1. ## Describe the behavior

x-1/(x^2(x+2))
Describe the behavior to the left ad right of any vertical asymptote.

I'm using a computer other than my own (no access to mine), so I can't graph anything online.

Thanks.

2. Originally Posted by Truthbetold
x-1/(x^2(x+2))
Describe the behavior to the left ad right of any vertical asymptote.

I'm using a computer other than my own (no access to mine), so I can't graph anything online.

Thanks.
well, you actually don't need the graph to tell what the behavior at the ends are. but if you want a graph, here it is. i assume the function is $\displaystyle \frac {x - 1}{x^2(x + 2)}$ ...(you should use parentheses more efficiently)

3. well, you actually don't need the graph to tell what the behavior at the ends are. but if you want a graph, here it is. i assume the function is ...(you should use parentheses more efficiently)
You're right on both accounts. You got the equation right.
Why did I want a graph? Oh, now I know why. Still, I need to be able to do it without a graph.

Thought:
Right hand: lim as x--> infinity f(x)/g(x) = 1
Left hand: lim as x--> - infinity f(x)/g(x) = 1

For the right, after expanding the equation
$\displaystyle \frac {x - 1}{x^3 + 2x^2)}$

We have $\displaystyle x/x^3 = \frac {1}{x^2}$ as the right,
Guess: and $\displaystyle x^3$ as the left, though no understanding how to prove, if even right.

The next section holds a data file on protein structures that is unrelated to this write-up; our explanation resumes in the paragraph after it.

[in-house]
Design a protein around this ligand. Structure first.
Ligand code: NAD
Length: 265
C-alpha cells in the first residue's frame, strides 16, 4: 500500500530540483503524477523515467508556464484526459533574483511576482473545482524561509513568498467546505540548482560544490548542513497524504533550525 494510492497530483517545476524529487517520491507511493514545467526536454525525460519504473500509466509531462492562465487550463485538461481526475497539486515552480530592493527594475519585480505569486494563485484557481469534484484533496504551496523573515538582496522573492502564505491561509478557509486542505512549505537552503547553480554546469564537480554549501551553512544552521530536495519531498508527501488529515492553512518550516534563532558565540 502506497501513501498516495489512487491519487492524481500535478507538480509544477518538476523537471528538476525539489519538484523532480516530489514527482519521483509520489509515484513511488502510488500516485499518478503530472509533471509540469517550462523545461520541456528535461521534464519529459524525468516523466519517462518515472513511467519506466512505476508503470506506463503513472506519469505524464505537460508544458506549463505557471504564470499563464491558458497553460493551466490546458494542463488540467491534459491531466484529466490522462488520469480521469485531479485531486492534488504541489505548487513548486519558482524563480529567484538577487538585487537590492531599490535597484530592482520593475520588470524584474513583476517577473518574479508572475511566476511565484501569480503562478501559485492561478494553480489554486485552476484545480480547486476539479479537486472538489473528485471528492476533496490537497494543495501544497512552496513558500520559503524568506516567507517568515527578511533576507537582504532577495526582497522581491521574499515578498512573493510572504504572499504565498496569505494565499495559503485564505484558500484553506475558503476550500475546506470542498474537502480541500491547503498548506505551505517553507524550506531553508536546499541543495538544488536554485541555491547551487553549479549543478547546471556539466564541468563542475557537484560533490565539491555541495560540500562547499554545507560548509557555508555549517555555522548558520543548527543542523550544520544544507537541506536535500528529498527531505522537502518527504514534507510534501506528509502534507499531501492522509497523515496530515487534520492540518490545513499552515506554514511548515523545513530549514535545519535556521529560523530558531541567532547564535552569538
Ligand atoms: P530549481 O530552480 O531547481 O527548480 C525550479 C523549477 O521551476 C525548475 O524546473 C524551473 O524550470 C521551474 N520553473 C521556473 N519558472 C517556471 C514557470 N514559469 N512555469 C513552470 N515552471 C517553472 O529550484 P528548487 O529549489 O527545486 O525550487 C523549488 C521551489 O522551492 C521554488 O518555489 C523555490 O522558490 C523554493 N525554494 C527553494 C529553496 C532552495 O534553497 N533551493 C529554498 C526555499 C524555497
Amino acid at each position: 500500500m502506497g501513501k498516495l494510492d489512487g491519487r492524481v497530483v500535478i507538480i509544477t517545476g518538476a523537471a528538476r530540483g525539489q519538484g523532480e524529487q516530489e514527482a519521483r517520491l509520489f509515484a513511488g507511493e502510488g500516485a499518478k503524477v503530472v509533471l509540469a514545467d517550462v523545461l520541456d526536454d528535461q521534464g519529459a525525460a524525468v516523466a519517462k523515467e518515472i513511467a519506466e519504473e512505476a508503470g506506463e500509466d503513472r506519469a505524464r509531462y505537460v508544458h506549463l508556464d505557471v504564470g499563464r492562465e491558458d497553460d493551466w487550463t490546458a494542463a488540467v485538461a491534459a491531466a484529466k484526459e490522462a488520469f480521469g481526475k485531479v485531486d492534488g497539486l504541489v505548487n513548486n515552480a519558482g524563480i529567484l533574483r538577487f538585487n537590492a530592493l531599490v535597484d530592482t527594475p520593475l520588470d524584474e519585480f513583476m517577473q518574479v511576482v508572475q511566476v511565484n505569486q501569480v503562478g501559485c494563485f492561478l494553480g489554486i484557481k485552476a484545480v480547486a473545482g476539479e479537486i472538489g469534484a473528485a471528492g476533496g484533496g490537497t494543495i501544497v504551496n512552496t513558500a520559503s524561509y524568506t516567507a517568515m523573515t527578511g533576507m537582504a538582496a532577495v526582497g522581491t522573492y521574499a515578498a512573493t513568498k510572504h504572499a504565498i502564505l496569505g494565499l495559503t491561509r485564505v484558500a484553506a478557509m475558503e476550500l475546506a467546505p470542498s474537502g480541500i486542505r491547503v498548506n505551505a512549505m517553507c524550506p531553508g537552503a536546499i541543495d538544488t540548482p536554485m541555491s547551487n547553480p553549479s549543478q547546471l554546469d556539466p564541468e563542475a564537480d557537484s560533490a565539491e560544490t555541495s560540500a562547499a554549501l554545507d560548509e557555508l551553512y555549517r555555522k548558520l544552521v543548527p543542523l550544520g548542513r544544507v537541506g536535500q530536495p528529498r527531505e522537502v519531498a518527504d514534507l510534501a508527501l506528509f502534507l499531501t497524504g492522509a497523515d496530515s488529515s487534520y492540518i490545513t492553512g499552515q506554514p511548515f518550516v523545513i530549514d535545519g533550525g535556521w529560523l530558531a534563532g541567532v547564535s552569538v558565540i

Augh, this should be easy!!
Does it have to do with this?
Definition: A polynomial function (real) can be expressed in the form:

Our teacher, for some odd reason, didn't teach this, but it looks important since it was the first thing on the "Introduction to Calculus Tutorial" sticky on the Calculus board.

Thanks!

4. Originally Posted by Truthbetold
You're right on both accounts. You got the equation right.
Why did I want a graph? Oh, now I know why. Still, I need to be able to do it without a graph.

Thought:
Right hand: lim as x--> infinity f(x)/g(x) = 1
Left hand: lim as x--> - infinity f(x)/g(x) = 1

For the right, after expanding the equation
$\displaystyle \frac {x - 1}{x^3 + 2x^2)}$

We have $\displaystyle x/x^3 = \frac {1}{x^2}$ as the right,
Guess: and $\displaystyle x^3$ as the left, though no understanding how to prove, if even right.

Augh, this should be easy!!
Does it have to do with this?
Definition: A polynomial function (real) can be expressed in the form:

Our teacher, for some odd reason, didn't teach this, but it looks important since it was the first thing on the "Introduction to Calculus Tutorial" sticky on the Calculus board.

Thanks!
ok...what are you talking about? what is f(x) and g(x)?